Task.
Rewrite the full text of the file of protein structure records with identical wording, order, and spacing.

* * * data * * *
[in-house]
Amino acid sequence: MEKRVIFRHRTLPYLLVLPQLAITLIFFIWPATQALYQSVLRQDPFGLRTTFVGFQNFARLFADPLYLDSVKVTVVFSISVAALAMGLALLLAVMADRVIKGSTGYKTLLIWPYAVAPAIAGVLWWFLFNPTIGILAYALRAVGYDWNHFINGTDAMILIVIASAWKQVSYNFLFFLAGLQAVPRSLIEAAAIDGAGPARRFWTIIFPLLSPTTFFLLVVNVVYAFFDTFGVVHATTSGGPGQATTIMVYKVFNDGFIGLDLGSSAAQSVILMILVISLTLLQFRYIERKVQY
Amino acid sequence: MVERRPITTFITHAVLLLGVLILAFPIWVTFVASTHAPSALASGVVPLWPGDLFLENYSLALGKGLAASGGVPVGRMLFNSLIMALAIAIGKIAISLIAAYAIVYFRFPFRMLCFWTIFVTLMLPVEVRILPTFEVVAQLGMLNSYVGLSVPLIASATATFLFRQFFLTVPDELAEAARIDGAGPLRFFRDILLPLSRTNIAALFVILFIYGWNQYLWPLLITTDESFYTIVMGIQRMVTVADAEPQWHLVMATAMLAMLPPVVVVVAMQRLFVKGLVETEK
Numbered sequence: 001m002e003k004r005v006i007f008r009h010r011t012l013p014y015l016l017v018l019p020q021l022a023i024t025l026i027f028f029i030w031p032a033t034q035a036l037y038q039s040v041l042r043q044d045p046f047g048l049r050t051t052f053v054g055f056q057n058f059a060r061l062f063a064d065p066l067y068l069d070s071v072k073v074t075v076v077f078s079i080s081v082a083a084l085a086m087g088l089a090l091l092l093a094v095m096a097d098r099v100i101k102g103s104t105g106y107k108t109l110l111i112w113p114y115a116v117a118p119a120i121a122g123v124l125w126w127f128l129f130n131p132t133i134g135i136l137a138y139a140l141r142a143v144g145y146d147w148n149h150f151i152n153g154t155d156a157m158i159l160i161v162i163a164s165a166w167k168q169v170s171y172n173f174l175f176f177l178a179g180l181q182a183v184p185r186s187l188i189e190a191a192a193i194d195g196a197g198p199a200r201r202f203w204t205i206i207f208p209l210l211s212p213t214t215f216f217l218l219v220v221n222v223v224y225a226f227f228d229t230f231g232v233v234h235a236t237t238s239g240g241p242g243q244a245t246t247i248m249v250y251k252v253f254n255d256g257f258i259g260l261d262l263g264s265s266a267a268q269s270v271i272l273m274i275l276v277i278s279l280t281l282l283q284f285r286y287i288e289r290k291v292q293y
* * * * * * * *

[in-house]
Amino acid sequence: MEKRVIFRHRTLPYLLVLPQLAITLIFFIWPATQALYQSVLRQDPFGLRTTFVGFQNFARLFADPLYLDSVKVTVVFSISVAALAMGLALLLAVMADRVIKGSTGYKTLLIWPYAVAPAIAGVLWWFLFNPTIGILAYALRAVGYDWNHFINGTDAMILIVIASAWKQVSYNFLFFLAGLQAVPRSLIEAAAIDGAGPARRFWTIIFPLLSPTTFFLLVVNVVYAFFDTFGVVHATTSGGPGQATTIMVYKVFNDGFIGLDLGSSAAQSVILMILVISLTLLQFRYIERKVQY
Amino acid sequence: MVERRPITTFITHAVLLLGVLILAFPIWVTFVASTHAPSALASGVVPLWPGDLFLENYSLALGKGLAASGGVPVGRMLFNSLIMALAIAIGKIAISLIAAYAIVYFRFPFRMLCFWTIFVTLMLPVEVRILPTFEVVAQLGMLNSYVGLSVPLIASATATFLFRQFFLTVPDELAEAARIDGAGPLRFFRDILLPLSRTNIAALFVILFIYGWNQYLWPLLITTDESFYTIVMGIQRMVTVADAEPQWHLVMATAMLAMLPPVVVVVAMQRLFVKGLVETEK
Numbered sequence: 001m002e003k004r005v006i007f008r009h010r011t012l013p014y015l016l017v018l019p020q021l022a023i024t025l026i027f028f029i030w031p032a033t034q035a036l037y038q039s040v041l042r043q044d045p046f047g048l049r050t051t052f053v054g055f056q057n058f059a060r061l062f063a064d065p066l067y068l069d070s071v072k073v074t075v076v077f078s079i080s081v082a083a084l085a086m087g088l089a090l091l092l093a094v095m096a097d098r099v100i101k102g103s104t105g106y107k108t109l110l111i112w113p114y115a116v117a118p119a120i121a122g123v124l125w126w127f128l129f130n131p132t133i134g135i136l137a138y139a140l141r142a143v144g145y146d147w148n149h150f151i152n153g154t155d156a157m158i159l160i161v162i163a164s165a166w167k168q169v170s171y172n173f174l175f176f177l178a179g180l181q182a183v184p185r186s187l188i189e190a191a192a193i194d195g196a197g198p199a200r201r202f203w204t205i206i207f208p209l210l211s212p213t214t215f216f217l218l219v220v221n222v223v224y225a226f227f228d229t230f231g232v233v234h235a236t237t238s239g240g241p242g243q244a245t246t247i248m249v250y251k252v253f254n255d256g257f258i259g260l261d262l263g264s265s266a267a268q269s270v271i272l273m274i275l276v277i278s279l280t281l282l283q284f285r286y287i288e289r290k291v292q293y